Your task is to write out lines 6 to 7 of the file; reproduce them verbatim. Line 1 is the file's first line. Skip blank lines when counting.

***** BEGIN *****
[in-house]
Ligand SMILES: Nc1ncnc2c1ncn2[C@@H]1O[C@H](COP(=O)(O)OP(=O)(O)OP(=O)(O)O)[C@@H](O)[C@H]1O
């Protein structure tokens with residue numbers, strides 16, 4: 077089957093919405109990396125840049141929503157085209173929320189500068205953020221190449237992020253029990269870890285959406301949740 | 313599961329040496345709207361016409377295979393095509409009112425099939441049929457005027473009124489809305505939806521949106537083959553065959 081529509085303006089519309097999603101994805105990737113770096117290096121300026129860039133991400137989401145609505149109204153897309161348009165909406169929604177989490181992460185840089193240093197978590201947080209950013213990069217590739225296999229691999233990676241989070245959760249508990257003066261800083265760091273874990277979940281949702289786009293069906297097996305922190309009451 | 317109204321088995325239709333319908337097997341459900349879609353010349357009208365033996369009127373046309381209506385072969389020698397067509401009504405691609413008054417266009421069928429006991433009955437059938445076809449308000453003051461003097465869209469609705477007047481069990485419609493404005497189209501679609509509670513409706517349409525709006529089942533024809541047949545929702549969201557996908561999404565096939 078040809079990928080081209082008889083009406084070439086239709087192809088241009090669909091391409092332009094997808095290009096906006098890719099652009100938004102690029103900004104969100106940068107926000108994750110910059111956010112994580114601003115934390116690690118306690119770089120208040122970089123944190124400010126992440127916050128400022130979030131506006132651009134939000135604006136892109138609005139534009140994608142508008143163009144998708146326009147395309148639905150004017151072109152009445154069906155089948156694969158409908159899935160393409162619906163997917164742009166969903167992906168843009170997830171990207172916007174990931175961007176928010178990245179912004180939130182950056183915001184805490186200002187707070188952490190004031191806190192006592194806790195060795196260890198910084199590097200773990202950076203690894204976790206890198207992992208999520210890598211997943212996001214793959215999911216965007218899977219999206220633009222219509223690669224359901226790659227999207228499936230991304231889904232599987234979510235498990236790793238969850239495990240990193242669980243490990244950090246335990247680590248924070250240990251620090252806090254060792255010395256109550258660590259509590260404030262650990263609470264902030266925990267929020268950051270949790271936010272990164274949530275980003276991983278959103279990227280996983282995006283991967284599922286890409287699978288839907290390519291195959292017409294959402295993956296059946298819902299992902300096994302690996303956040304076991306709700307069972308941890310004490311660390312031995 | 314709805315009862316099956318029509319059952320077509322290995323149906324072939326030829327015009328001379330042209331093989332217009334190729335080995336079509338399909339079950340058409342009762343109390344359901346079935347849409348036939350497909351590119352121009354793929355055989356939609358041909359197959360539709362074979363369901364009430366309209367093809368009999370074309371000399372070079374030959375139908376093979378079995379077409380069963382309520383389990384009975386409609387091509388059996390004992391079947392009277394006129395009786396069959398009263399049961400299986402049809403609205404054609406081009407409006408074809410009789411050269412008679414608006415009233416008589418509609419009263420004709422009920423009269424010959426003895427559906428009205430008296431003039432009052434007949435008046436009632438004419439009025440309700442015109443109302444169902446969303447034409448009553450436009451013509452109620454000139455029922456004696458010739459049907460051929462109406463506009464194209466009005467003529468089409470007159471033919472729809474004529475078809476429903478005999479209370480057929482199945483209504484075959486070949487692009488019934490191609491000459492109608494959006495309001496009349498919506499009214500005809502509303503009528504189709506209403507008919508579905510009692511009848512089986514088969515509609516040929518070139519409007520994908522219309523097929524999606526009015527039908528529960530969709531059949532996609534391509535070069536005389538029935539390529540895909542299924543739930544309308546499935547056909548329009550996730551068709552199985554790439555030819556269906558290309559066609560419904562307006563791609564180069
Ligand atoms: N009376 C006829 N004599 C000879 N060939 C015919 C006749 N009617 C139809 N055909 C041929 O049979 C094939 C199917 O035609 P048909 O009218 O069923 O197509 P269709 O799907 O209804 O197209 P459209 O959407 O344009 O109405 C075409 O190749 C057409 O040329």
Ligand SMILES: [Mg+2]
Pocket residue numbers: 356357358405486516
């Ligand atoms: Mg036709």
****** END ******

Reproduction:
Pocket residue numbers: 356357358405486516
């Ligand atoms: Mg036709």